So, when can we see the first ISEAuto driving independently on the public streets? According to Sell, quite soon.

“Tallinn will announce the tender for self-driving last-mile vehicle pilots where we will participate. If we succeed, our vehicle will be in traffic by the end of 2019.” 

ISEAuto and delivery robot interactions are being tested using low-latency comms enabled by 5G.


Image: ISEAuto

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This is the new Tesla Model S

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Tesla has redesigned the Model S, its electric sedan, with a new interior and even more range on offer. The upgrade includes new battery modules, battery packs, and drive units, Tesla said today, complete with an entirely new interior. The automaker is also reworking its Model X SUV, it says.

It’s a welcome revamp for what is the oldest EV that Tesla currently sells. The Model S was certainly groundbreaking when Tesla first launched it, and not only for its reliance on all-electric propulsion: its touchscreen-dominated dashboard went on to arguably set expectations for what a modern car interior should look like.

Tesla built on that with the Model 3 and Model Y, its more affordable models, and in comparison to their minimalistic lines the Model S’ interior looked positively fussy. That’s all being upturned today, with the reveal of the new Model S cabin that Tesla says it’s been preparing its Fremont factory to build.

It’s definitely unique. The steering wheel has been cut down to a pared-back rectangle which Tesla calls the yoke, similar to what we’ve seen Tesla show before on the second-generation Roadster. That has simple controls built-in – a pair of scroll wheels flanked by buttons for indicators, lights, and multimedia control – with a dedicated 12.3-inch driver instrumentation display behind.

In the center console, meanwhile, there’s a full touchscreen for controlling the infotainment system. As in the Model 3, it’s oriented horizontally, a change from the Model S’ vertical touchscreen. Beneath it there’s cubbies along with a wireless charging pad for phones.

The 17-inch center display has a 2200 x 1300 resolution now, and can be tilted from left to right depending on visibility needs. Tesla says the onboard processing is good for up to 10 teraflops of power, which can be used for in-car gaming. There’ll be support for wireless controllers, too.

Overhead, there’s a full glass roof as standard, which uses infrared and UV blocking to avoid heat and glare. Meanwhile, there’s a 22-speaker, 960 watt audio system for music, with microphones embedded for active noise canceling. Each seat gets heating, as does the steering wheel and the windshield; front seats also get ventilation.

Tri-zone climate control with HEPA air filtration is standard, as is ambient lighting. Custom driver profiles are supported, and the power liftgate and power folding side mirrors are standard too. Wireless and USB-C fast charging is fitted for each passenger. Buyers of the new Model S get a year’s Premium Connectivity bundled, with live traffic, satellite view maps, music streaming, internet browser, and video streaming with access to services like Netflix, Hulu, YouTube, and Twitch.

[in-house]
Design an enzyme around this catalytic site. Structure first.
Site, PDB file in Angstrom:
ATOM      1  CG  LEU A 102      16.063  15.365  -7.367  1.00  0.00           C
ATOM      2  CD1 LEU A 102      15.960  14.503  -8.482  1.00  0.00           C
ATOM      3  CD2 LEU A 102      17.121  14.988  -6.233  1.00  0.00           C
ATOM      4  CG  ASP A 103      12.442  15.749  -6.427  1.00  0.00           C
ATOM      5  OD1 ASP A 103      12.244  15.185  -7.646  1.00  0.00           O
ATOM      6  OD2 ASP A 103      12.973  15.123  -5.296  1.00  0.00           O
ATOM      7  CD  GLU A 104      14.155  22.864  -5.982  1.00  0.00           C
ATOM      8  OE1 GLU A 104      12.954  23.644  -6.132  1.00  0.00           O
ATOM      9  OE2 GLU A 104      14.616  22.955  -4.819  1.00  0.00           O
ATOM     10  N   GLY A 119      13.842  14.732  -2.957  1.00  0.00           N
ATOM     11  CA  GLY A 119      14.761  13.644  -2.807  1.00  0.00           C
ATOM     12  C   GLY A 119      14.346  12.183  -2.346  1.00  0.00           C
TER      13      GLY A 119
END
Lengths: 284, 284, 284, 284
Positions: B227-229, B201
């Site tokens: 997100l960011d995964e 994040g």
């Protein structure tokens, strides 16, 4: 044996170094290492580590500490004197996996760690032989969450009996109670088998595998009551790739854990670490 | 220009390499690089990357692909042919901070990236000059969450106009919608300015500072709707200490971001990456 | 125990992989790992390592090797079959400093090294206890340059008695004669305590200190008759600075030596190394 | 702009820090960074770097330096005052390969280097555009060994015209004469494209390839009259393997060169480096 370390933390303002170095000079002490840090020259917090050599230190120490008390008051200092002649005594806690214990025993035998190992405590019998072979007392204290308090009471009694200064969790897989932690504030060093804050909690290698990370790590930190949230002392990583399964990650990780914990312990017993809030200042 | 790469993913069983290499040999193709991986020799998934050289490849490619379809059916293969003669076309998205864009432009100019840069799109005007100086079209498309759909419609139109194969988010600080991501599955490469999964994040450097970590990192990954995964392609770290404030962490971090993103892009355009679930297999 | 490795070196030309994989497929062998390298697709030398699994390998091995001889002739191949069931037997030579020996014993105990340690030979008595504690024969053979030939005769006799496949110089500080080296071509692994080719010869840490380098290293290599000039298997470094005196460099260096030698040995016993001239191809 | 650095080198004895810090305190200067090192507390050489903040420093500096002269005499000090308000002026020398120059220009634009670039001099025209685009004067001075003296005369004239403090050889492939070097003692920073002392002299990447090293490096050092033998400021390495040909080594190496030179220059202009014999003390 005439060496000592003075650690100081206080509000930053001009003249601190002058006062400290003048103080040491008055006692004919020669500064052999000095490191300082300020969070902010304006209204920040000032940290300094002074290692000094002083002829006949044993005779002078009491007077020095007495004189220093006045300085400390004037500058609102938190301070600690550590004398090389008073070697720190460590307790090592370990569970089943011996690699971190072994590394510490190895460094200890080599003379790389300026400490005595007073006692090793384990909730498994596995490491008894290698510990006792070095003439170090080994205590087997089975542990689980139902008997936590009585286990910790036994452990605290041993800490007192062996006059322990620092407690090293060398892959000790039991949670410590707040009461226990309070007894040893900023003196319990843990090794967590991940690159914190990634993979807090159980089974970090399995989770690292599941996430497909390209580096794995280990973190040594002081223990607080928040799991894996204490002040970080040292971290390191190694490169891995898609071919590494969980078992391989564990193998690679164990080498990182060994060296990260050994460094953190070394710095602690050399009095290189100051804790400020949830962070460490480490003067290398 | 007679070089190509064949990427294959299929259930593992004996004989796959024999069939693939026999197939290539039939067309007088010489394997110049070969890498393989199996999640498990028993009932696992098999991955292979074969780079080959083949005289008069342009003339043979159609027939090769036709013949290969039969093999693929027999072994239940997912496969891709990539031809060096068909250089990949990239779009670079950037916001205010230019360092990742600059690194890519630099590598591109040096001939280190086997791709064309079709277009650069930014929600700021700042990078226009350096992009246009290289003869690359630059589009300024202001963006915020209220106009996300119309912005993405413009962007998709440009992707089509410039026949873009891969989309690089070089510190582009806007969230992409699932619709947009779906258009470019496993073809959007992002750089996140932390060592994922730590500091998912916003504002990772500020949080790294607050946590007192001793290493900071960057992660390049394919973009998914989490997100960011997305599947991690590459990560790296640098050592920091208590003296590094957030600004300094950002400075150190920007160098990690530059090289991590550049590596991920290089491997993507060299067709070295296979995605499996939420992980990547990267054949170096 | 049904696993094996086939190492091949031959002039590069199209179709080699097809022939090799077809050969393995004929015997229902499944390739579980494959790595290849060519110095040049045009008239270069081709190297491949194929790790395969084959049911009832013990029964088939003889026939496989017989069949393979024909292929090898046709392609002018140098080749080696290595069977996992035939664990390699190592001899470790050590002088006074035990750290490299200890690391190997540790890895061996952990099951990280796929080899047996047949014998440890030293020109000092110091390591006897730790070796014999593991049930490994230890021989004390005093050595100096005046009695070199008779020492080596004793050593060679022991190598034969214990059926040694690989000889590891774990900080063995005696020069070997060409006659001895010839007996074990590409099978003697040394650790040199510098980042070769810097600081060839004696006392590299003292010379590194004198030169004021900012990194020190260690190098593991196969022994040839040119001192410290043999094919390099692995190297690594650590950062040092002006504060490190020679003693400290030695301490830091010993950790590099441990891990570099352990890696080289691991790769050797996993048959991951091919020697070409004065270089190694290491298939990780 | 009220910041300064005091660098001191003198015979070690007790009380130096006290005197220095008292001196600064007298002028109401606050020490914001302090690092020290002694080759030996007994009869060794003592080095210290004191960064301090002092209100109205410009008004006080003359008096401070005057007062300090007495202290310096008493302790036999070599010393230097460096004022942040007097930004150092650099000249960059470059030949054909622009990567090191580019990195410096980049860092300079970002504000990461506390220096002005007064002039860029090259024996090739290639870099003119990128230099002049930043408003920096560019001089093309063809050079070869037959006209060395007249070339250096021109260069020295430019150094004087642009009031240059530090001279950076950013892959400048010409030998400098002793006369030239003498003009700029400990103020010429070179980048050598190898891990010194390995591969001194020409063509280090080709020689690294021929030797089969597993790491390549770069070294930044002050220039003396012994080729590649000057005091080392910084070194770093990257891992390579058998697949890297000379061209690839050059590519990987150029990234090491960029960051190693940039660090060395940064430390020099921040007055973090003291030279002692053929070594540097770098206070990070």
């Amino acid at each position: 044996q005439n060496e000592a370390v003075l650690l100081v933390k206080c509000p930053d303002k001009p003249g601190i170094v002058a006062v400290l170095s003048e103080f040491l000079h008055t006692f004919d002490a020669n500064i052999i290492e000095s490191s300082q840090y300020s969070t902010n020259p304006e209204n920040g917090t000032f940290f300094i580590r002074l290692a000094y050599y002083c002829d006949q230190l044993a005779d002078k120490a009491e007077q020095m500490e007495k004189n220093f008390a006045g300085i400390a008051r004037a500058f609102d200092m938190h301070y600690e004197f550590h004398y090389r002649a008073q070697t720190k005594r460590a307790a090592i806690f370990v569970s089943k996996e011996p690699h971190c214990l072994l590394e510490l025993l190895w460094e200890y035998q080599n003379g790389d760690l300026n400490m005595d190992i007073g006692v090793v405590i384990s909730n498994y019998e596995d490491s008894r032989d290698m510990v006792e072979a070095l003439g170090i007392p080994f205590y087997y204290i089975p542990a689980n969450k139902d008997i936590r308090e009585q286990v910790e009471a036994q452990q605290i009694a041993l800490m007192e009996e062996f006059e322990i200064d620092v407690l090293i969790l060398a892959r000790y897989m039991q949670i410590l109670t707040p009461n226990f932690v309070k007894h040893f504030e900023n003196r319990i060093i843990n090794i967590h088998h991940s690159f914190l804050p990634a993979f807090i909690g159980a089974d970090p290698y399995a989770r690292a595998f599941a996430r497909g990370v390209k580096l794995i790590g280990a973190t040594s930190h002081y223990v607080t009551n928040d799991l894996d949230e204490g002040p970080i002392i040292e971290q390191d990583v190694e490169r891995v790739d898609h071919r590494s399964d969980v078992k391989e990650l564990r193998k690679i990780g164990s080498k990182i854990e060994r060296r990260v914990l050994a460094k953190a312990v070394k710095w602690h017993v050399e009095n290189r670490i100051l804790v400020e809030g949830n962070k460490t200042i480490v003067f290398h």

The dashboard as a whole is far cleaner, with Tesla’s invisible air vents system for the HVAC. In the rear, meanwhile, there’s now a second, 8-inch touchscreen display presented at the back of the center console. That’s used to control things like climate control and other settings.

Outside, the changes aren’t quite so dramatic, though it’s still a different look to the Model S we’re familiar with. The big difference is the arrival of the redesigned Model S Plaid, its most potent version of the EV. That, the automaker says, should be capable of doing 0-60 mph in under 2.0 seconds, the quarter mile in under 9.3 seconds, and a top speed of 200 mph. It starts at $119,990 for the Plaid with 390 miles of range, or $139,990 for the Plaid+ with a whopping 520+ miles of range. The new Model S Dual Motor All-Wheel Drive Long Range – which can do 412 miles – starts at $79,990

Under the sheet metal, the changes have been led by advancements made for the Model 3 and Model Y, Tesla says. “While our Model S and Model X battery module architecture evolved over the past 8 years, both the battery pack and modules have now been fully redesigned,” Tesla says. “Additionally, we have incorporated Model 3 and Model Y motor technology throughout as well as our heat pump for better winter range.”

The changes also help with high-speed quarter-mile runs, Tesla claims, with an apparent 5x improvement in how many can be carried out. The Model S and Model X Performance models have been replaced by the Plaid trim, with its tri-motor configuration. The controversial “Full Self-Driving Capability” package is $10,000.

Production of the new Model S and Model X will resume later in Q1 2021, Tesla says, “and ramp back to full capacity over time.” According to the online order system, new orders should ship from March for the Dual Motor All-Wheel Drive and Plaid, and late 2021 for the Model S Plaid+.

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EV drivers are getting better Google Maps route planning – with a catch

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Google is adding new features for electric vehicle drivers to Google Maps, improving its algorithms for EV route planning, though just who’ll be able to make the most of them will depend on what’s parked in your garage. The goal, Google says, is to improve how trip planning for journeys that involve two or more recharging pitstops is handled, to reduce stress and trim driving time.